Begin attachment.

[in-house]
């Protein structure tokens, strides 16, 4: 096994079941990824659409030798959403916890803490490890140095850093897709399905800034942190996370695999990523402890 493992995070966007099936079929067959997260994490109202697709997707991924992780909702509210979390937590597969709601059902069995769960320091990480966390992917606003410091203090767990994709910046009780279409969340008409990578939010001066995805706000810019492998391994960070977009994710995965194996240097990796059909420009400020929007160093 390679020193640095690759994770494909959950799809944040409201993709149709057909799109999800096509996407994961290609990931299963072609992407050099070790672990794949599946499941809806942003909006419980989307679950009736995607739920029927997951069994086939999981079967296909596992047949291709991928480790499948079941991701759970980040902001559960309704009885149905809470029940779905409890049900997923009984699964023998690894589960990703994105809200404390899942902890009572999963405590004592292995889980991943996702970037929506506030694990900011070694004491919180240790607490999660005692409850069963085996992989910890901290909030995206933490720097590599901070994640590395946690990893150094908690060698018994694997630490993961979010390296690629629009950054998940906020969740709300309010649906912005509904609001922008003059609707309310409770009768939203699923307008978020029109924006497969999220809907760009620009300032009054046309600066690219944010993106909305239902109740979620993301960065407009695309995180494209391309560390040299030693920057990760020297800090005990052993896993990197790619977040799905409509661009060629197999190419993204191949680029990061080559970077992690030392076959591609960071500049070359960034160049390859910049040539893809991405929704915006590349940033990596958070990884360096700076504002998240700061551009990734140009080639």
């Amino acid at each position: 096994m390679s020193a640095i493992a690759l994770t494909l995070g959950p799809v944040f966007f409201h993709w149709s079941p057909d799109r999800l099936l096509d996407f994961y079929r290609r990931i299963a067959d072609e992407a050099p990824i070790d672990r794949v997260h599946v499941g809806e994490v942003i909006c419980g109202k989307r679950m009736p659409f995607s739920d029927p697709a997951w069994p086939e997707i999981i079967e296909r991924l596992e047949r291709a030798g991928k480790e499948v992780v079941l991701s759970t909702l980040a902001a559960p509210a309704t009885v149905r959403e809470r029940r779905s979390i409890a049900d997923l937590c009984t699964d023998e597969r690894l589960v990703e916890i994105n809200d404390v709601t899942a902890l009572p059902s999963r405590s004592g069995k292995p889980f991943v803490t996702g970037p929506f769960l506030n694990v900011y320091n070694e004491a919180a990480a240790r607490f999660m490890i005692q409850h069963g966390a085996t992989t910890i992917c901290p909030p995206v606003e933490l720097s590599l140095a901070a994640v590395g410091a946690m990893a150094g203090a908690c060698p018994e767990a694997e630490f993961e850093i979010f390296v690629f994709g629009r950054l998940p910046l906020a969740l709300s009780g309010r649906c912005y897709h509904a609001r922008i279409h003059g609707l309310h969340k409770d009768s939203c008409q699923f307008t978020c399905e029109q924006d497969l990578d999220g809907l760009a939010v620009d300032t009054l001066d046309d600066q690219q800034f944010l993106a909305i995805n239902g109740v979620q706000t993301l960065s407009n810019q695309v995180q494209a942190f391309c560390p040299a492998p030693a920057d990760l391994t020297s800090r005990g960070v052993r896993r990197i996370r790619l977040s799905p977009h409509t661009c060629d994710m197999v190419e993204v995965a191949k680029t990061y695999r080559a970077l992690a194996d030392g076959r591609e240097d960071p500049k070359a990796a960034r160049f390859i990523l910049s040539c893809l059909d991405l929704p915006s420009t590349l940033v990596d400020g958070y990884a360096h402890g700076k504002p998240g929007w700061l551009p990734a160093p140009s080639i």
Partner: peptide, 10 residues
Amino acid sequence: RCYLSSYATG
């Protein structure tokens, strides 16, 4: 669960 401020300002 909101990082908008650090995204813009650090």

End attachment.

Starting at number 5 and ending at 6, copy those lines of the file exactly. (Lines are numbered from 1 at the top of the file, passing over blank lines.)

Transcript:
Amino acid sequence: RCYLSSYATG
């Protein structure tokens, strides 16, 4: 669960 401020300002 909101990082908008650090995204813009650090």